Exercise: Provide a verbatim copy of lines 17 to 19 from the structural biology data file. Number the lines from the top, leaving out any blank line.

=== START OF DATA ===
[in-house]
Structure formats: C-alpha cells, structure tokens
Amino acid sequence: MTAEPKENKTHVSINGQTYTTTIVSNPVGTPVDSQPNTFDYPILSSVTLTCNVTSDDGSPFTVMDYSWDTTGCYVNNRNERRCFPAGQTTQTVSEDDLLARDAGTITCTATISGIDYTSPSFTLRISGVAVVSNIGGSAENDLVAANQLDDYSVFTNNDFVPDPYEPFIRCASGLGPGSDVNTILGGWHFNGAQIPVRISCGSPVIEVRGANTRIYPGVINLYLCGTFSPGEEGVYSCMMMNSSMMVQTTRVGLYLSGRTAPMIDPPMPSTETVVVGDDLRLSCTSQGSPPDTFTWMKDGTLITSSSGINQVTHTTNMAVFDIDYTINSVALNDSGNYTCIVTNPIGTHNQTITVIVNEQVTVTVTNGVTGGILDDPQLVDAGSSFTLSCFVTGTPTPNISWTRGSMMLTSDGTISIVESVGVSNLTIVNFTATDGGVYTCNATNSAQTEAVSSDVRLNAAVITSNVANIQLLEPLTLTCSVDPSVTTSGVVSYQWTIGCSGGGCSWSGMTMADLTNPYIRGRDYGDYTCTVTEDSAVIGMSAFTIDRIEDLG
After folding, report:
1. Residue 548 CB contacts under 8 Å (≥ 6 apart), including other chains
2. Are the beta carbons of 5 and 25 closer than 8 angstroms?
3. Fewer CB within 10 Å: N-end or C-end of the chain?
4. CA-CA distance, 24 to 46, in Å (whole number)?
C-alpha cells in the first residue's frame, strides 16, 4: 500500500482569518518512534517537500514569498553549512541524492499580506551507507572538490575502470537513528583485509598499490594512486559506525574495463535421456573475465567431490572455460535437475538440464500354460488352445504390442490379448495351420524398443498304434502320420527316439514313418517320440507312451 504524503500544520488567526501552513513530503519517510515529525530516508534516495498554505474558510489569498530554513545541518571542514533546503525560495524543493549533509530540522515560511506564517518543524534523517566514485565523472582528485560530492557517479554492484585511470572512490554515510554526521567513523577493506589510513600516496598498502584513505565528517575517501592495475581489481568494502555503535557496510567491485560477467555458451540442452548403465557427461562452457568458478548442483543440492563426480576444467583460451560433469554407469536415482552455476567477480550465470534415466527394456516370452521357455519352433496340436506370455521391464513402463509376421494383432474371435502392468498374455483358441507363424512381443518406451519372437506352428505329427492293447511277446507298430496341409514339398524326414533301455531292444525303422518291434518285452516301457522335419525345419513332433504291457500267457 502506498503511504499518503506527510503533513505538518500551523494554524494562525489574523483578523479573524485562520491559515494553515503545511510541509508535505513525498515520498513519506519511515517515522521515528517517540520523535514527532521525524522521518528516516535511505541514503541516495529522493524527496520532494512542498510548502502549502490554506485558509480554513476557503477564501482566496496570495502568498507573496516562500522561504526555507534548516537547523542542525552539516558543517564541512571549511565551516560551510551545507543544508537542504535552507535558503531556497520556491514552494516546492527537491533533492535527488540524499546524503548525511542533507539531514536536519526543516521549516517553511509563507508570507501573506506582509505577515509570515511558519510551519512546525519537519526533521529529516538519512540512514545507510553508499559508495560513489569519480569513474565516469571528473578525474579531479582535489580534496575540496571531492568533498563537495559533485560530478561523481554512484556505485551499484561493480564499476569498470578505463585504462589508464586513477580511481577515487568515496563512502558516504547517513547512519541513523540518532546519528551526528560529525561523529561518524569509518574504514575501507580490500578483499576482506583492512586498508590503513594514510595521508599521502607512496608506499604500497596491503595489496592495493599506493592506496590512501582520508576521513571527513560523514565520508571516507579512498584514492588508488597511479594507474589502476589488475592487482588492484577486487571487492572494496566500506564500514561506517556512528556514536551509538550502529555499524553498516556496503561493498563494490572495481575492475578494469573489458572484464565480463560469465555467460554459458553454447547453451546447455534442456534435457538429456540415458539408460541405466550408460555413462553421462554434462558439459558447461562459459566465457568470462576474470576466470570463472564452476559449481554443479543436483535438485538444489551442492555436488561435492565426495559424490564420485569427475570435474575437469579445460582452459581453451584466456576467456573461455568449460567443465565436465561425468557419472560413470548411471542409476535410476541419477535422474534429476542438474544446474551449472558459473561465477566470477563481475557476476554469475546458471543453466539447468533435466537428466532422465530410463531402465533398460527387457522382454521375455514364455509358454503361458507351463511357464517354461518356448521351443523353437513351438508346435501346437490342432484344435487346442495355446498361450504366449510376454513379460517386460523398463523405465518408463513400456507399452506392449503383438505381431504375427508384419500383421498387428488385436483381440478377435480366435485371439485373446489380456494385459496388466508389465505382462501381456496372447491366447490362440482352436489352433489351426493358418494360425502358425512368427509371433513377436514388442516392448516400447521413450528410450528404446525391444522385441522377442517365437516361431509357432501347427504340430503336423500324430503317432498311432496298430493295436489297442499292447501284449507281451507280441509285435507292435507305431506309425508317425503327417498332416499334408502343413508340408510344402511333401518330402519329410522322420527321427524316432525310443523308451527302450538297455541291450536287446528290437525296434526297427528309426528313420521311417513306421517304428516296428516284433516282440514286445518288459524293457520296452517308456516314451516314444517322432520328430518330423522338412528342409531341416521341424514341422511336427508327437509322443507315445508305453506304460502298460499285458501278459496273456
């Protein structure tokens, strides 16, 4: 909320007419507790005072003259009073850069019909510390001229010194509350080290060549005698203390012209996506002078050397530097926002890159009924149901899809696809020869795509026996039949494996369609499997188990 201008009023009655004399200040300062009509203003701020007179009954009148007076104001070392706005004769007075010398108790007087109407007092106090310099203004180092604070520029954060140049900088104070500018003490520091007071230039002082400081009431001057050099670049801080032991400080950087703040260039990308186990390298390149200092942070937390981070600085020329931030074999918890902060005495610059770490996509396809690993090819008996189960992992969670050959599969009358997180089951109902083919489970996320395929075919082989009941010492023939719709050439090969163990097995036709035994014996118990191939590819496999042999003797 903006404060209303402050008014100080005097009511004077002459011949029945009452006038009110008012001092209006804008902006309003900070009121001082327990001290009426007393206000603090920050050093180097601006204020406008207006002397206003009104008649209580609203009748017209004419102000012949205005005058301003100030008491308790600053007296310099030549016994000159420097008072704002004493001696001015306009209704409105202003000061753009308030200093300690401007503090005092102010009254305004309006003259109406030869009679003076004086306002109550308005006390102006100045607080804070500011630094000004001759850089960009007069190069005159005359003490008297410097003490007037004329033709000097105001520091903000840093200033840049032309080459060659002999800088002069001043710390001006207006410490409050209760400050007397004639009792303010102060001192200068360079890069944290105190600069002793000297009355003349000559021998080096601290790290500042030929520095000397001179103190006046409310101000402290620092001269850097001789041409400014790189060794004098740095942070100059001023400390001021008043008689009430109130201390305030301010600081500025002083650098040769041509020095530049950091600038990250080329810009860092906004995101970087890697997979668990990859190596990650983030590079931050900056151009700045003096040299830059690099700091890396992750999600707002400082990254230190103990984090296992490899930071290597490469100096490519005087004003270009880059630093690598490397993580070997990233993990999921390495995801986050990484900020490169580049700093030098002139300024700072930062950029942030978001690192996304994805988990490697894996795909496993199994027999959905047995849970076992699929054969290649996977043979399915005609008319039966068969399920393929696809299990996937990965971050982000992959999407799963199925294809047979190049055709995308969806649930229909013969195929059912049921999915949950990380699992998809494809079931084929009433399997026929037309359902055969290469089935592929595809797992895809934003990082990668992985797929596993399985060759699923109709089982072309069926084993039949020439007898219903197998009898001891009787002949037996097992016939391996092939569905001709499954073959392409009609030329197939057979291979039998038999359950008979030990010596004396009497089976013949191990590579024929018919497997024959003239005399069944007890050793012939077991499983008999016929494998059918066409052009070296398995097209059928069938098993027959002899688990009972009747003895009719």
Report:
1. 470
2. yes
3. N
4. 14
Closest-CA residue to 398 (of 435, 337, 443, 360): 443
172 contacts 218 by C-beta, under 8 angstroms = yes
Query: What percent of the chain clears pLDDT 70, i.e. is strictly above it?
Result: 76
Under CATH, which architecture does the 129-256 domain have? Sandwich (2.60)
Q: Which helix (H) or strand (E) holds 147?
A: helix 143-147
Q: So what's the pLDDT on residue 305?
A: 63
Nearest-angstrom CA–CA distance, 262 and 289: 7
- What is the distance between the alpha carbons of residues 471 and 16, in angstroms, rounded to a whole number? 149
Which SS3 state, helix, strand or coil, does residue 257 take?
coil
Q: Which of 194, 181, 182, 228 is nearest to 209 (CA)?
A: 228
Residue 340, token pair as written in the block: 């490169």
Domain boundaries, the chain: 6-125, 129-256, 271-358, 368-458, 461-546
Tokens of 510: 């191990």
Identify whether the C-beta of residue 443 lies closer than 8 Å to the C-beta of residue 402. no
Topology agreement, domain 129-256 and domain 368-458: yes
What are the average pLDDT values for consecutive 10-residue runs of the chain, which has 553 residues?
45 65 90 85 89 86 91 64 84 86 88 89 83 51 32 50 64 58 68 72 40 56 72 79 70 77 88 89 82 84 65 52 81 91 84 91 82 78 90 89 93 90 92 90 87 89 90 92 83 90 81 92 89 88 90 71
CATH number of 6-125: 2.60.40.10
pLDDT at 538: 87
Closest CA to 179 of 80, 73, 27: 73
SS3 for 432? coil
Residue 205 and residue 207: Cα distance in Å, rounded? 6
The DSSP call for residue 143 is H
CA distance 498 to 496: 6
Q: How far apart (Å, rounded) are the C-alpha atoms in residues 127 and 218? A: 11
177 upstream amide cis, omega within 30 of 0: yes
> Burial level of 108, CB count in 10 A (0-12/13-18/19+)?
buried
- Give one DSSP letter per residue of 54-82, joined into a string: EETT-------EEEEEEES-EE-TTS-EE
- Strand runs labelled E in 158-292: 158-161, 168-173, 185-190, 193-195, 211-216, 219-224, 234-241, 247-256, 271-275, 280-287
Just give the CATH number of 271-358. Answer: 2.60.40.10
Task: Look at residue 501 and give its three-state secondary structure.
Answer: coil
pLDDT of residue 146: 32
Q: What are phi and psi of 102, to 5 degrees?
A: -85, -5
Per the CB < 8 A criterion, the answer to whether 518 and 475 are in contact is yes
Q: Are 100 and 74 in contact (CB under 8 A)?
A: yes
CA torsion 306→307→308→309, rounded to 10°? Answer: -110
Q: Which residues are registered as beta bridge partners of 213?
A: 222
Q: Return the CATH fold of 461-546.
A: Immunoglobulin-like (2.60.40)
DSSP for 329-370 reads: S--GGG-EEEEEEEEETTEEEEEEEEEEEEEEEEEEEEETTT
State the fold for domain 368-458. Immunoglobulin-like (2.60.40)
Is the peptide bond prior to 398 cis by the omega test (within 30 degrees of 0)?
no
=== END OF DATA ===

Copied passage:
172 contacts 218 by C-beta, under 8 angstroms = yes
Query: What percent of the chain clears pLDDT 70, i.e. is strictly above it?
Result: 76